PURPOSE: MR spectroscopy (MRS) typically requires averaging of multiple acquisitions to achieve adequate signal-to-noise ratio (SNR). In systems undergoing dynamic changes this can compromise the temporal resolution of the measurement. One such example is (31) P MRS of exercising skeletal muscle. Spectral improvement by Fourier thresholding (SIFT) offers a way of suppressing noise without averaging. In this study, we evaluate the performance of SIFT in healthy subjects and clinical cases.
METHODS: (31) P MRS of the calf or thigh muscle of subjects (n = 12) was measured continuously before, during, and after exercise. The data were processed conventionally and with the addition of SIFT before quantifying peak amplitudes and frequencies. The postexercise increase in the amplitude of phosphocreatine was also characterized by fitting with an exponential function to obtain the recovery time constant.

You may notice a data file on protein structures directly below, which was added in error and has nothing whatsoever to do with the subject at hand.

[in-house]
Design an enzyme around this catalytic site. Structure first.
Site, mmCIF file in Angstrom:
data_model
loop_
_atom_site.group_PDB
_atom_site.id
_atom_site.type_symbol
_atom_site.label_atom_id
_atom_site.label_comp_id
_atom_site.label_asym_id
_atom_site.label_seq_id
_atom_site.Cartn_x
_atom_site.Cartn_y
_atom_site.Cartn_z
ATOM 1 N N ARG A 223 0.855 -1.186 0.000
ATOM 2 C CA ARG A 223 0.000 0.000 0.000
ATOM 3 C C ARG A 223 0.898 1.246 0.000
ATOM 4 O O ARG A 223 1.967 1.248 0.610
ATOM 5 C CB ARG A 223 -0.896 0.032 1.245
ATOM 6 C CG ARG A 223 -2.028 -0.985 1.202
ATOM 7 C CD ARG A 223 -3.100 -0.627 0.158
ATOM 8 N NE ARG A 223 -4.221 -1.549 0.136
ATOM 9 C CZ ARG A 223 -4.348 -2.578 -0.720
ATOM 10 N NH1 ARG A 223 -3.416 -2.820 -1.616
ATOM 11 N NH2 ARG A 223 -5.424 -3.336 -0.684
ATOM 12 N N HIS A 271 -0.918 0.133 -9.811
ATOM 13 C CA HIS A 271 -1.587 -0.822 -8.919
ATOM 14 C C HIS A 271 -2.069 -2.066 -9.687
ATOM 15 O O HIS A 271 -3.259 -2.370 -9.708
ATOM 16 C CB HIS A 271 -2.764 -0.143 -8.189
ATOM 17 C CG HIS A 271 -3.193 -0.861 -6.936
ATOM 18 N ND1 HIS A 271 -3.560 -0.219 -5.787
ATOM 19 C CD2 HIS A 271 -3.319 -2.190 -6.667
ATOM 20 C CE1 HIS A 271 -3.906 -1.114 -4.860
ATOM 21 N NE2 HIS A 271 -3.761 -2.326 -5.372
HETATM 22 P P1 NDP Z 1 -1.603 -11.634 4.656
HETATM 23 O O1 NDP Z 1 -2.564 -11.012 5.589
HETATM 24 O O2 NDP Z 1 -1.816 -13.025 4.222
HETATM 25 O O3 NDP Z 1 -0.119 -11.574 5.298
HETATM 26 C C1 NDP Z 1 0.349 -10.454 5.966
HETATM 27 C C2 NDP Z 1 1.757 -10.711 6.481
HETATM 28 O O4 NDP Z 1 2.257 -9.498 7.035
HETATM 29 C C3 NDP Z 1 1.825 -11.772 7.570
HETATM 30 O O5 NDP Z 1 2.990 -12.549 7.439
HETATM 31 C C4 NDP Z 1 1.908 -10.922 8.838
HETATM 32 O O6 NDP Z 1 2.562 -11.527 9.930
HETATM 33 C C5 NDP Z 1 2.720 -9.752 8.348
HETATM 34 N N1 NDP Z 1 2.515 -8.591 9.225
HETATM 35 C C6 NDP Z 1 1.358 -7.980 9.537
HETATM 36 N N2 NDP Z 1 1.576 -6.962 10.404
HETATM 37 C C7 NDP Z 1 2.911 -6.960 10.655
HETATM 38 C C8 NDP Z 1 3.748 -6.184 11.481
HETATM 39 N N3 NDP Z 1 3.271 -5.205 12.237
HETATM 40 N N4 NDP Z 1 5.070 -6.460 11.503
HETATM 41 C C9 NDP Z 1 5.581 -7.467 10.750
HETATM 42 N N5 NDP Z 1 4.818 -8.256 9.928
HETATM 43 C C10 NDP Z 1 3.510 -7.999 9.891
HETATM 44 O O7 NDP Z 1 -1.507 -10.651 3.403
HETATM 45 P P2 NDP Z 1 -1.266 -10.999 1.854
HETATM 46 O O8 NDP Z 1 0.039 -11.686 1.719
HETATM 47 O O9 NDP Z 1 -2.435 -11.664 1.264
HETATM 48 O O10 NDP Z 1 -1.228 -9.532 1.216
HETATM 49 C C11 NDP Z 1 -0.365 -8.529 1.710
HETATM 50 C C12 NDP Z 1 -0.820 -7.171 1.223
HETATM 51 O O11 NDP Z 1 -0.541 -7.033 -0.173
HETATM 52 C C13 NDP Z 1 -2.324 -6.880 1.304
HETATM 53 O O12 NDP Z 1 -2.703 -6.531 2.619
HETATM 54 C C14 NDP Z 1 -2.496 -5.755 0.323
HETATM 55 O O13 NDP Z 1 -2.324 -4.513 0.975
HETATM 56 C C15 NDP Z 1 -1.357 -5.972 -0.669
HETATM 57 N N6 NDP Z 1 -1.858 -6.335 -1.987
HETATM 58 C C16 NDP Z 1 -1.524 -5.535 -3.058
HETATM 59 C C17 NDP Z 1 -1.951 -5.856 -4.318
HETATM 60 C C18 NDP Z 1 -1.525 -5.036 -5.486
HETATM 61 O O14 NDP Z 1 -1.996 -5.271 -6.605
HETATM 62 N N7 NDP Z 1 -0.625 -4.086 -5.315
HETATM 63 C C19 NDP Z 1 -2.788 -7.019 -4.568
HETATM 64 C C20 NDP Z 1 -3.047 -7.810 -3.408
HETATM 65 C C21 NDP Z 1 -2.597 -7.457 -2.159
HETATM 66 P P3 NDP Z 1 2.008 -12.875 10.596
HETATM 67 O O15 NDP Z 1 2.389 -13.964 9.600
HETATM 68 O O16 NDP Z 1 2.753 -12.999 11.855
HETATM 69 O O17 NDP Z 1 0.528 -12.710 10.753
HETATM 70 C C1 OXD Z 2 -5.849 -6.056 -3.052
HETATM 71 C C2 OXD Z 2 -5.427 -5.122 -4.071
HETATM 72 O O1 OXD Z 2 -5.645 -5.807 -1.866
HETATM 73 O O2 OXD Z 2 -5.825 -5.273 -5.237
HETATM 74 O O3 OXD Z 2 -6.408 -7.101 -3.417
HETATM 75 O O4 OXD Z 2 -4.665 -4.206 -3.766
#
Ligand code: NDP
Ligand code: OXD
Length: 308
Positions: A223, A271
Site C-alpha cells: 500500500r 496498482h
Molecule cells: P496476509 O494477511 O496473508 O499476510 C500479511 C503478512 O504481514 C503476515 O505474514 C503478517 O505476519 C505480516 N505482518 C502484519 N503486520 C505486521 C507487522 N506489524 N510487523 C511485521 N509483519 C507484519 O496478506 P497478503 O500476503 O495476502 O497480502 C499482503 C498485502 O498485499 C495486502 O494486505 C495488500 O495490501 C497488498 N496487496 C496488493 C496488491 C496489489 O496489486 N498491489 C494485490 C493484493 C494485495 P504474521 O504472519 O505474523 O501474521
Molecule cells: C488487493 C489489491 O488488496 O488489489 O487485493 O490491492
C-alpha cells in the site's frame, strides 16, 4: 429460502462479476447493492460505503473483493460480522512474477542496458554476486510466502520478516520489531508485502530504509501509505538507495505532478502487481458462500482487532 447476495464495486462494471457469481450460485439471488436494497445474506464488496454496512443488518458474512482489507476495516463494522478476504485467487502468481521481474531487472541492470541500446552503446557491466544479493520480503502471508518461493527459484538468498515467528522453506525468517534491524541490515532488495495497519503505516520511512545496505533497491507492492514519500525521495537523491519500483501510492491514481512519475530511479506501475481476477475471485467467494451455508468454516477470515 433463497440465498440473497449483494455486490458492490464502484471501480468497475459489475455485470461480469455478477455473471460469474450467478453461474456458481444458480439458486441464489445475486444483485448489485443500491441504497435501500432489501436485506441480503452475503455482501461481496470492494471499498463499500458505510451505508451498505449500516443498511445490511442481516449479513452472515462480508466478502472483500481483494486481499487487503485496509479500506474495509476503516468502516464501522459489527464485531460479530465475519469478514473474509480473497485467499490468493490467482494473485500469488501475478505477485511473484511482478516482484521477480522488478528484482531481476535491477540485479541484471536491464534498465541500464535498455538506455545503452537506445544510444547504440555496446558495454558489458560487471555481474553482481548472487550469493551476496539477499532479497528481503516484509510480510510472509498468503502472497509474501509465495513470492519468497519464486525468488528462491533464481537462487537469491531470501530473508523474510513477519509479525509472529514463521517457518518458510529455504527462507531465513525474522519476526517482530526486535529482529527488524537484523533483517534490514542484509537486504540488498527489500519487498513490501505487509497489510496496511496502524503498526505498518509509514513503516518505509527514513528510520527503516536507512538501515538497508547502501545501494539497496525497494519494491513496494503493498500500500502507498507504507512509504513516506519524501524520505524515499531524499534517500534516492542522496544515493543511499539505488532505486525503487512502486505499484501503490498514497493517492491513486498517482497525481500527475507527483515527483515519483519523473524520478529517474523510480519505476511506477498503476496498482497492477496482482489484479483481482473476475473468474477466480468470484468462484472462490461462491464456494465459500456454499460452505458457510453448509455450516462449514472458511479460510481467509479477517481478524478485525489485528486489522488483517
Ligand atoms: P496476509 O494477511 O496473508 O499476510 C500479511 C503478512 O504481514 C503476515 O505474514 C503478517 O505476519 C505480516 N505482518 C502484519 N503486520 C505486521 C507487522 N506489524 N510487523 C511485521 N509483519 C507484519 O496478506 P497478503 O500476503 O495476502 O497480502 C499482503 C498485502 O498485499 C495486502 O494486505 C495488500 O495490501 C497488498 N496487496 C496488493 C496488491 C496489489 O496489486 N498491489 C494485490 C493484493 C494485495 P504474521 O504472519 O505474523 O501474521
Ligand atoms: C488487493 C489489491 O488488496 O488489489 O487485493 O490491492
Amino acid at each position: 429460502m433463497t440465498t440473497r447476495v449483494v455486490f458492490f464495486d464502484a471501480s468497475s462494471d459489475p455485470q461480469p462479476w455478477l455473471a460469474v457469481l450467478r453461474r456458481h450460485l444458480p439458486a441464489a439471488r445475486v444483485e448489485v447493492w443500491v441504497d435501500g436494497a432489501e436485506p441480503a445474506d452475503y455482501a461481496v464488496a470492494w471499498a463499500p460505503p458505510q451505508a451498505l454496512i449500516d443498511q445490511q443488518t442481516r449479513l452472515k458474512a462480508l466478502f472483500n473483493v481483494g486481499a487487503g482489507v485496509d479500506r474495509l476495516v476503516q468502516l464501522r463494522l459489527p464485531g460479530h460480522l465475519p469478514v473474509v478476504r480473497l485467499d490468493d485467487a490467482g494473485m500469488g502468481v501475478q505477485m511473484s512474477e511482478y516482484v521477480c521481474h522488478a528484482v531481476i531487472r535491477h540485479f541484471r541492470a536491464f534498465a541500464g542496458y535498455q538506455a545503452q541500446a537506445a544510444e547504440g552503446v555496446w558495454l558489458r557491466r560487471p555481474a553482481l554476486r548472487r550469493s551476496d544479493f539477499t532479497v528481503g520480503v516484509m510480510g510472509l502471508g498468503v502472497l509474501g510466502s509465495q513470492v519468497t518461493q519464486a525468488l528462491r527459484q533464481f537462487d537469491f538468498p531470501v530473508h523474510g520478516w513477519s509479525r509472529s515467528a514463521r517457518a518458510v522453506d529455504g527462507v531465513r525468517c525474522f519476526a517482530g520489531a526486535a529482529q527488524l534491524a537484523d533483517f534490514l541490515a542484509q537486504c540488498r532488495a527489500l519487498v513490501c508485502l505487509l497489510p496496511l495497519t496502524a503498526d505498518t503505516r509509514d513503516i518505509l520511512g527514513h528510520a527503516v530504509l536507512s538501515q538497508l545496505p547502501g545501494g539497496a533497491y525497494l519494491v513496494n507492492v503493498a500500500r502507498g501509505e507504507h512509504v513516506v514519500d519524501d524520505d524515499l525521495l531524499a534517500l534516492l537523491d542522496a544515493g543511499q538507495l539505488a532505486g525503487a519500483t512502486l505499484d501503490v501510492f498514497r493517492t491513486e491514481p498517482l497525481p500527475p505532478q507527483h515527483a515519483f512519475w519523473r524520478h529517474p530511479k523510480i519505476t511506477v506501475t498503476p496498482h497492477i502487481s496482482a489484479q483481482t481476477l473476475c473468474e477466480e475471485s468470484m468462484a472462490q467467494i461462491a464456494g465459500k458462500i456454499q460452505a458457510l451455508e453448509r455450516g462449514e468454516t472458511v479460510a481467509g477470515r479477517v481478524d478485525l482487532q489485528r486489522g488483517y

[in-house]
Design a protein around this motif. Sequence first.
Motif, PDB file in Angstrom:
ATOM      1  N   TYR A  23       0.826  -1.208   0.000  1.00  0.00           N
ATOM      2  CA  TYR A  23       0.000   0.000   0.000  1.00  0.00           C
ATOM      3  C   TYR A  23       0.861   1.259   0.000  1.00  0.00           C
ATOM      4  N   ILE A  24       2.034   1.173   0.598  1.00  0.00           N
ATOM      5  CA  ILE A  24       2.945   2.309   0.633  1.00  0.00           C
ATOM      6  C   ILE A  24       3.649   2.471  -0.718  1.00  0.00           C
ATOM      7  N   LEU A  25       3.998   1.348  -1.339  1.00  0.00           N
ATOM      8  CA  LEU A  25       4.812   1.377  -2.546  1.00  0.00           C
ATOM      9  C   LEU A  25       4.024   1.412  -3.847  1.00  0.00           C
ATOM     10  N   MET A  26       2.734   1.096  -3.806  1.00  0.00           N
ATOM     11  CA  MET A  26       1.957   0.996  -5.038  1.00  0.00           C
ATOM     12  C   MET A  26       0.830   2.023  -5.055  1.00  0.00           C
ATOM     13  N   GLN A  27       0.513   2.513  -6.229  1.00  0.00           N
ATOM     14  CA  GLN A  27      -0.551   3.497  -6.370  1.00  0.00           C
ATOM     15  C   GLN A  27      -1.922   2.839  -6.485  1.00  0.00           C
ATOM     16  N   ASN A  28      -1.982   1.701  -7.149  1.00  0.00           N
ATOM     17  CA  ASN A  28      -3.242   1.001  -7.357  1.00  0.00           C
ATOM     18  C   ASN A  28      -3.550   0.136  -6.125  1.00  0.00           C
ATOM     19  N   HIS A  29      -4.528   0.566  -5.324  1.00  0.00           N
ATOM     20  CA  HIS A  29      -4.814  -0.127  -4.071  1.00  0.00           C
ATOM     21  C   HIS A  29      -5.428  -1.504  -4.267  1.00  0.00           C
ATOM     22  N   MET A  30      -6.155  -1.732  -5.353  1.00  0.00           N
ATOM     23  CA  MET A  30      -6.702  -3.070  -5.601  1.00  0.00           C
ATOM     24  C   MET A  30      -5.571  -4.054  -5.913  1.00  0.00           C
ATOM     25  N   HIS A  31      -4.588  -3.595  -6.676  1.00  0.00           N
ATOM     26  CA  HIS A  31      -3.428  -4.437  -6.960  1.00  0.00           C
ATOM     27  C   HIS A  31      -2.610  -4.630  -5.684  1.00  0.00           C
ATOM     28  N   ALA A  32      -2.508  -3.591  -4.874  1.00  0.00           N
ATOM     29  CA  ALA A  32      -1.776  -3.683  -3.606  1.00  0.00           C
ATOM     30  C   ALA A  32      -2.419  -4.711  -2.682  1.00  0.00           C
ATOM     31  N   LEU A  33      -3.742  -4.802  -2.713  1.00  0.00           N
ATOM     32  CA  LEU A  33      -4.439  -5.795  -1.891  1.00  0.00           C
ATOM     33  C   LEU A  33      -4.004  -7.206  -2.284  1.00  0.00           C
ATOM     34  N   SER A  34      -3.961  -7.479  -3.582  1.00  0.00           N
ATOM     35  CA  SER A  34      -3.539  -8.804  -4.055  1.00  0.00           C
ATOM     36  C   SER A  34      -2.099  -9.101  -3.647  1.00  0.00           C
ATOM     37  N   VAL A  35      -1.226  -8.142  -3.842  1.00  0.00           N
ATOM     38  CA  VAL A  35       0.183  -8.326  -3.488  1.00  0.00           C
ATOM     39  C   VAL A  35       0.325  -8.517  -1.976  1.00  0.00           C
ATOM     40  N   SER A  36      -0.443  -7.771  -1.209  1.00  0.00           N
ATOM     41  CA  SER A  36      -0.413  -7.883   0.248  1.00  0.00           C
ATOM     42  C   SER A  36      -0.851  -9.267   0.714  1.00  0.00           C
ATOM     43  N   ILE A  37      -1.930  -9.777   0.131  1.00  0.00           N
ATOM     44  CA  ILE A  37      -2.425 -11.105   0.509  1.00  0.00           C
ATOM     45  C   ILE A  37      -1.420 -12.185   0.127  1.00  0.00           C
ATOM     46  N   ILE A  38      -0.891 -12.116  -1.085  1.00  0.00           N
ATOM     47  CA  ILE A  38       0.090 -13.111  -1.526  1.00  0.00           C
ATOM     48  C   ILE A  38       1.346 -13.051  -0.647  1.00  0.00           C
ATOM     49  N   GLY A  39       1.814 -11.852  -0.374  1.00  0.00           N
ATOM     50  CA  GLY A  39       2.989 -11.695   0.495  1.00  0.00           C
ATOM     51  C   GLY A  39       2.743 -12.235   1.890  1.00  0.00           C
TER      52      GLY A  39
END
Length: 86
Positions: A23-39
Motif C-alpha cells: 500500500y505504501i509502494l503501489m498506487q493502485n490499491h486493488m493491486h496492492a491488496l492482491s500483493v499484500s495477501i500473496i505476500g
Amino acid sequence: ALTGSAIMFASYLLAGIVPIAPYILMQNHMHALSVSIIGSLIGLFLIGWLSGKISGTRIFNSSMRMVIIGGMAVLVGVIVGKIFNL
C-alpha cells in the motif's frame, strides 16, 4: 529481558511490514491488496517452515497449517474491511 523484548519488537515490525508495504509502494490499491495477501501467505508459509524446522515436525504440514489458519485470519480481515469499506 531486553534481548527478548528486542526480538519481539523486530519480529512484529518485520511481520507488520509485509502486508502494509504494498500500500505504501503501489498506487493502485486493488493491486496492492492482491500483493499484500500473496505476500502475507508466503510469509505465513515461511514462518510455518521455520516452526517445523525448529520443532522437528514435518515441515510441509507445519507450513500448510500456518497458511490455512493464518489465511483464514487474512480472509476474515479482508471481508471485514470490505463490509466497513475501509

RESULTS: Substantial reductions in the uncertainty of peak fitting for phosphocreatine (73%) and inorganic phosphate (60%) were observed when using SIFT relative to conventional processing alone. SIFT also reduced the phosphocreatine recovery time constant uncertainty by 38%.
CONCLUSION: SIFT considerably improves SNR, which improved quantification and parameter estimation. It is suitable for any type of time varying MRS and is both straightforward and fast to apply. Magn Reson Med 76:978-985, 2016. © 2015 Wiley Periodicals, Inc.
- Aged, 80 and over
- Energy Metabolism
- Fourier Analysis
- Magnetic Resonance Spectroscopy
- Middle Aged
- Muscle, Skeletal
- Phosphorus Isotopes
- Reproducibility of Results
- Sensitivity and Specificity
- Signal-To-Noise Ratio
- Journal Article
Research Beacons, Institutes and Platforms
- Manchester Cancer Research Centre